An advisor hugely benefits from referrals or word-of-mouth influence, as others would say it. But unknown to most of these financial advisors, having their clients refer them to others takes more than just charm and a successful deal.
As revealed by an Oechsli Institute study, there is a model that perfectly signifies the hierarchy of word-of-mouth influence. The baseline of referrals starts from excelling professionally. In a blog post at wealthmanagement.com, the institute's CEO Matt Oechsli said advisors must be "first rate" in every sense of the term.
"This goes beyond comprehensive wealth management services and includes the quality of personalized service, the quality and frequency of in-office reviews and ongoing communication, the use of outside experts, as well as following through on all promises," he said.
Emotional connection is at the next level of a successful word-of-mouth influence. As it turns out, advisors who have personal relationships with clients are more likely to be recognised for their expertise in wealth management.
However, having personal relationships requires advisors to have a sincere and genuine interest and concern in their client's issues. And this should not stop there, as they should also express the willingness to share their own issues with their clients.
"They talk about them, provide unsolicited referrals, and are also more willing to personally introduce their advisor to people in their spheres of influence," he said.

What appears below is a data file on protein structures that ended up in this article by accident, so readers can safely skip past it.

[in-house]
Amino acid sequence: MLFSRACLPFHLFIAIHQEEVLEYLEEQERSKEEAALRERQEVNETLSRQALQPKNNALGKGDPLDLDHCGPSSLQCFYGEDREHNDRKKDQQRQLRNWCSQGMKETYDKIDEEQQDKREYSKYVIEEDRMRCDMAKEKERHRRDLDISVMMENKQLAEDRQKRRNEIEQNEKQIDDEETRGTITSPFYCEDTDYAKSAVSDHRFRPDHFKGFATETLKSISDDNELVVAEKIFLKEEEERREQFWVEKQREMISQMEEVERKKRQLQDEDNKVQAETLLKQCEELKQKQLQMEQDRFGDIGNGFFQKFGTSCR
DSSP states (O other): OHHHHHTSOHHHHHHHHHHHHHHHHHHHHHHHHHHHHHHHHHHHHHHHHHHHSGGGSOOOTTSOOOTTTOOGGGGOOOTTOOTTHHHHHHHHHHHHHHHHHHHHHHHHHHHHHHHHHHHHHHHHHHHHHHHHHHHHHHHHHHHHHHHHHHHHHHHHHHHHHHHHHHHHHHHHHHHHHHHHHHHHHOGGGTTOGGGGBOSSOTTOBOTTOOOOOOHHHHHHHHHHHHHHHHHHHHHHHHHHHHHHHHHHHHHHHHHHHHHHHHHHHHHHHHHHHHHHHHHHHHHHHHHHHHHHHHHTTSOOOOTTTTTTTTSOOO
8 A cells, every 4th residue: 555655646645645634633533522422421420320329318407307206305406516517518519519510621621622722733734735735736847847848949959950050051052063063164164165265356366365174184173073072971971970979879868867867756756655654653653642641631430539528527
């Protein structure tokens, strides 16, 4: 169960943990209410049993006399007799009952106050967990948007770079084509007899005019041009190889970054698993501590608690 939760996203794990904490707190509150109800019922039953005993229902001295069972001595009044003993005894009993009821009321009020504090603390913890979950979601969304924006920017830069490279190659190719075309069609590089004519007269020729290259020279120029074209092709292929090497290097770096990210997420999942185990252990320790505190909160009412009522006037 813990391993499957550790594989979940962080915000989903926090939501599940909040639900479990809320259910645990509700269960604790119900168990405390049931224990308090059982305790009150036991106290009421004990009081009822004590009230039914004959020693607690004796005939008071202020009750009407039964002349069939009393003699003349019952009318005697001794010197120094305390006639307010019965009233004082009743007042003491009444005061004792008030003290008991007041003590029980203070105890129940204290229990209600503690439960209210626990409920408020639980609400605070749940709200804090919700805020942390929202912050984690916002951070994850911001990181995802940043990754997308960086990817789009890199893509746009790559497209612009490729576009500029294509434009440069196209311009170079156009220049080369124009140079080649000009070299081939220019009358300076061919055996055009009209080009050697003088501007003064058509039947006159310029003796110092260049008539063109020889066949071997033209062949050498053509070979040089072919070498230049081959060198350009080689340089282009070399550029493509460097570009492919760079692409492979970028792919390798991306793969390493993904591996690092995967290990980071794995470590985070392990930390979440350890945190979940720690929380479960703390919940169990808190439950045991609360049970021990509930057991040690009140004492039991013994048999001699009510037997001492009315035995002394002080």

Going up another notch, advisors need to create situations where it would be natural for clients to talk about their services. As Oechsli puts it, "financial advisors who benefit most from word-of-mouth influence don’t wait for clients to stumble upon the right situation; they help create the right situation."
For starters, it would not hurt to try delivering an edible gift to a client's office that can be shared with others. This way, the client can talk about their advisors within those inside their sphere of influence without forcing the idea too much.
Finally, the peak of the model is to refine the narrative in which the advisor would want to be represented. Rather than asking their clients to say specific things about them to potential customers, advisors need to create a narrative that will help the clients talk about them and their services on a more personal level.
"The idea here is to provide background that can be used when a client talks to someone else about their advisor, such as how they got into the business and so on," he said, noting that the goal is to have the person listening to want to meet the advisor being talked about.
Whilst this model outlines four simple steps to having a successful word-of-mouth influence, Oechsli reminded that it still requires patience and persistence.
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